The purpose of this paper is to interrogate the constraints (collateral and registration rules) affecting the youth in accessing the procurement market. It then aims to argue that under the current bureaucratic structures, it is impossible to implement the promise of allocating 30% of all public tenders to the youth. The research suggests an investment should be done towards the streamlining of registration, and all other statutory requirements in Kenya, to enable the youth become competitive when bidding for a tender.
Purpose: The objective of this study was to assess the perceptions of the players in Ghana‟s Construction industry (GCI) on the pervasiveness of conflict of interest and corruption in the industry.
Research Design: The study involved the undertaking of an extensive literature review on the subject matter. Additionally, employing the principles of a “survey approach to research”, a questionnaire was developed, which sought to primarily establish, which of the stages of the procurement process was most susceptible to corruption and acts of conflict of interest Purposive sampling was utilized and descriptive statistics and relative importance index were used to analyze the data.
Research Limitations: The use of purposive sampling limited the survey to the participants of the procurement forum.
Findings: From the study, acts of conflict of interest and corrupt practices are still pervasive in the construction industry and the tender stage, contract execution stage and final accounting and auditing stage were found to be the stages of the public procurement process that are most susceptible to the perpetuation of acts of conflict of interest and corrupt practices in Ghana.
Response to the conference theme and outcome: This study unearths the level of corrupt practices and conflicts of interest in the construction industry in Ghana.
Practical Implications: The study increases the awareness of the prevalence of conflict of interest and corrupt practices in the construction industry despite the interventions made by successive Governments to curb same.
Originality: The study explores issues of conflict of interest and corrupt practices in the Ghanaian construction procurement landscape and identified some stages in the procurement process prone to conflict of interest and corrupt practices which if given attention safeguard the already stretched public purse.
An Assessment of the Impact of the Public Procurement Act 663 (2003) of the Republic of Ghana, Approaching a Decade of its Enactment (Published)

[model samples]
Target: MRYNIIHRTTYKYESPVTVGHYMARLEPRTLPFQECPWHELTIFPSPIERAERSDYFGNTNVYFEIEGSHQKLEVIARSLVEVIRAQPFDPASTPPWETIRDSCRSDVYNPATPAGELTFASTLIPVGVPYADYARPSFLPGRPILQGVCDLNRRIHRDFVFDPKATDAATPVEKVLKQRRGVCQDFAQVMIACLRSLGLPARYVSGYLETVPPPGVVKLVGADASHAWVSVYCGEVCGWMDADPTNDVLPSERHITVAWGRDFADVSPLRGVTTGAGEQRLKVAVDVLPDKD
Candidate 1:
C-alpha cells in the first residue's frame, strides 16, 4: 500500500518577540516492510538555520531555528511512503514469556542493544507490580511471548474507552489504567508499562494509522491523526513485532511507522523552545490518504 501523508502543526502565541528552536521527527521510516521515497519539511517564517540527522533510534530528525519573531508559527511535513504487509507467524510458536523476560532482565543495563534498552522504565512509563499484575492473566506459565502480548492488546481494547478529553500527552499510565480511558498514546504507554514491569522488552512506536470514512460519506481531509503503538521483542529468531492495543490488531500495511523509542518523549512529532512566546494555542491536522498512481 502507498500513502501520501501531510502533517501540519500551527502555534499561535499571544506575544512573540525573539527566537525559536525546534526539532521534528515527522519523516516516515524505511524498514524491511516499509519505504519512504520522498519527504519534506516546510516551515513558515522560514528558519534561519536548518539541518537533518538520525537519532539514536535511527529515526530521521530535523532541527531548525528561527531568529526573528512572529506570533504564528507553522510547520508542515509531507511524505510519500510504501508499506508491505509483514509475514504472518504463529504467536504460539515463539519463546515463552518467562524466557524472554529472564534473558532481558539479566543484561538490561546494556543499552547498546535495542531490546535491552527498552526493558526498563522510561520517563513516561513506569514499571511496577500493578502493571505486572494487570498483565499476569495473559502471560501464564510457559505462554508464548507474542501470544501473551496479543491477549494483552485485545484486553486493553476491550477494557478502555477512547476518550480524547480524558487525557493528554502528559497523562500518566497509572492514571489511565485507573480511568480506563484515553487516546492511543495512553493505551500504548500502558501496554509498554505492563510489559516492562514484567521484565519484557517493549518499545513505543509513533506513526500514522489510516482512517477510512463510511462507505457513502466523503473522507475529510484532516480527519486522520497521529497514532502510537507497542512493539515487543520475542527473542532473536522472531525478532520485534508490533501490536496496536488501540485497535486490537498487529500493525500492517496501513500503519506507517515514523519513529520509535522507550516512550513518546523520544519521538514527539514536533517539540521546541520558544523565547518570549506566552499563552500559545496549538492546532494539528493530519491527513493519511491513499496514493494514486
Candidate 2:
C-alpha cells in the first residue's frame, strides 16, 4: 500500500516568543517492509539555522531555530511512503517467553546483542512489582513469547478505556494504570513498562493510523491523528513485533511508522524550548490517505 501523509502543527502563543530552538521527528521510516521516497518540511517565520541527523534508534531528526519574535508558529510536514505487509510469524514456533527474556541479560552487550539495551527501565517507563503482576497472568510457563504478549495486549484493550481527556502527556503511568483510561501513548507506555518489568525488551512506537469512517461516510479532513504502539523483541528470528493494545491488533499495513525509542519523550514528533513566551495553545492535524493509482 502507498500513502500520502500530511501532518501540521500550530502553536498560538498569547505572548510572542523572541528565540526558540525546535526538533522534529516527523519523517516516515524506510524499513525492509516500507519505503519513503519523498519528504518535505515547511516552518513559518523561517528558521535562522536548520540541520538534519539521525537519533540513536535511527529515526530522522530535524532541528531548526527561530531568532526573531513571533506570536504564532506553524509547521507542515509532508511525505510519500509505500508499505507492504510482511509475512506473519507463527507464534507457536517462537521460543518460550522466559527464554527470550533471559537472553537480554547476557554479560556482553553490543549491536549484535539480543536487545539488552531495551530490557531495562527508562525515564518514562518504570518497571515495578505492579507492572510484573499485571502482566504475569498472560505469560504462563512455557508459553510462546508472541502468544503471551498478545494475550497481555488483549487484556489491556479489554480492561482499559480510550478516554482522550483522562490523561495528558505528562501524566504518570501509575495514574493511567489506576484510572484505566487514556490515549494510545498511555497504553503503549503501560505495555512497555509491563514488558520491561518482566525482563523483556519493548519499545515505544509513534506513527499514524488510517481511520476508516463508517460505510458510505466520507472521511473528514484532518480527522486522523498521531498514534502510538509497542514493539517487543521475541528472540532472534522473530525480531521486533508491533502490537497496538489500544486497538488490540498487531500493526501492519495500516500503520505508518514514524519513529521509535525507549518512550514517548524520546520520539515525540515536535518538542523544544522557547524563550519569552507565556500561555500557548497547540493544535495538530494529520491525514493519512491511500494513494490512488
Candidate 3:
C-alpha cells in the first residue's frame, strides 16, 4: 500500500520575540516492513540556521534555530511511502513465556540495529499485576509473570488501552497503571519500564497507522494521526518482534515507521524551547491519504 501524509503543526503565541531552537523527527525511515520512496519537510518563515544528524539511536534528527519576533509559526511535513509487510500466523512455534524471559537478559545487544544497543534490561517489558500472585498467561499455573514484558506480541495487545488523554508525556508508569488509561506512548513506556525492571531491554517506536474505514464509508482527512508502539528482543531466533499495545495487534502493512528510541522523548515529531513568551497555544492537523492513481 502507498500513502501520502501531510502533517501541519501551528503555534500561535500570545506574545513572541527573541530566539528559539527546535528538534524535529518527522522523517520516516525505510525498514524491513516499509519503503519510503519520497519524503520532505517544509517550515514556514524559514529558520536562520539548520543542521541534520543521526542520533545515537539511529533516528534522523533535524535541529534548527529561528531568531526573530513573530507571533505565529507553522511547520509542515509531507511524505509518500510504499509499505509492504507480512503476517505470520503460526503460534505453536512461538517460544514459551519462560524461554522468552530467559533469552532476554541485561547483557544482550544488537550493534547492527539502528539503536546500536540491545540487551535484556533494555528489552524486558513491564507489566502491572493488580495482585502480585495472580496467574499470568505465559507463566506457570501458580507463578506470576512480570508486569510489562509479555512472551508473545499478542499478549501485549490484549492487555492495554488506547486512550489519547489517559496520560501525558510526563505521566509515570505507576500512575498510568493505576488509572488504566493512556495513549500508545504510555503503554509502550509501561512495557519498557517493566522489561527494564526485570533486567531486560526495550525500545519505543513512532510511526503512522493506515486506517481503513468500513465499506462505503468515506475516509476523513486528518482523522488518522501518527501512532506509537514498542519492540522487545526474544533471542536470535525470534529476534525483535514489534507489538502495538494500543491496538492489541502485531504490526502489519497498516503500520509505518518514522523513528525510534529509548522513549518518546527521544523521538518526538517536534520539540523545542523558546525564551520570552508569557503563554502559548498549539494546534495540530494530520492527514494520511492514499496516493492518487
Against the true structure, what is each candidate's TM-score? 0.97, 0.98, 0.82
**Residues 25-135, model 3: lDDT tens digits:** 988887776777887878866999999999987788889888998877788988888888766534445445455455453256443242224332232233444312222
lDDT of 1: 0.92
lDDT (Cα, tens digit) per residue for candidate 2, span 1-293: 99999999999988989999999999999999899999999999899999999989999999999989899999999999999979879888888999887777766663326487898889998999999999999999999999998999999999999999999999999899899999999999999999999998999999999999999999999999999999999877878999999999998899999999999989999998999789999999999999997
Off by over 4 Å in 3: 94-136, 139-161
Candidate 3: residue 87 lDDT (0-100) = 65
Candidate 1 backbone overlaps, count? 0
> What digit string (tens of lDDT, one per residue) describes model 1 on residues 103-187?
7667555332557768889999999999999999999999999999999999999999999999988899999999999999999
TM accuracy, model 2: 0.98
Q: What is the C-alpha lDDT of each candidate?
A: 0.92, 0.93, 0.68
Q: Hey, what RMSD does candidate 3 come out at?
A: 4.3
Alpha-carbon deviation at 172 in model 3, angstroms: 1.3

The Public Procurement Act ever since its enactment about a decade ago has received mixed reactions from key stakeholders. Whilst some see it as a panacea to the numerous problems that bedevil public procurement in Ghana, others too see it as inadequate and lacking the needed punch to curb the various ethical concerns that characterize the sector. The time was due after nearly a decade of its enforcement to wholly assess the impact of the Public Procurement Act of the republic of Ghana. The research relied on both primary and secondary data. The targeted population was 70 which included the staff and managers of the procurement department, store officers, senior staff, head of department and personnel who constitute the Lower Manya Krobo district assembly procurement board. A sample size of 50 was chosen with the purposive sampling technique. It was found out that the benefits derived from using the Public Procurement Act, 2003 (Act 663) include the assurance of quality goods, timely delivery of goods, right delivery of right quantities, transparency, reduced corruption, value for money, right price is given and right place of delivery is assured, uniformity in performing procurement activities, economic and efficient use of state resources and harmonize public procurement processes in the district assemblies and also greater efficiency. Public Procurement Act, 2003 (Act 663) comes with some benefits to district assemblies. The following difficulties were also revealed from the research; difficulties in applying and implementing the Public Procurement Act, 2003 (Act 663), lack of usage flexibility, lack of authority to dispose public assets, the lack of independent procurement auditing function, no central body with technical expertise and also threshold are too small for entities like a district assembly in case of emergency situation. The Public Procurement Act has been largely effective. However, it needs to be amended to include provisions for electronic procurement. This will improve transparency, accountability, and compliance within public procurement systems. This will mean the amendment of the current Act.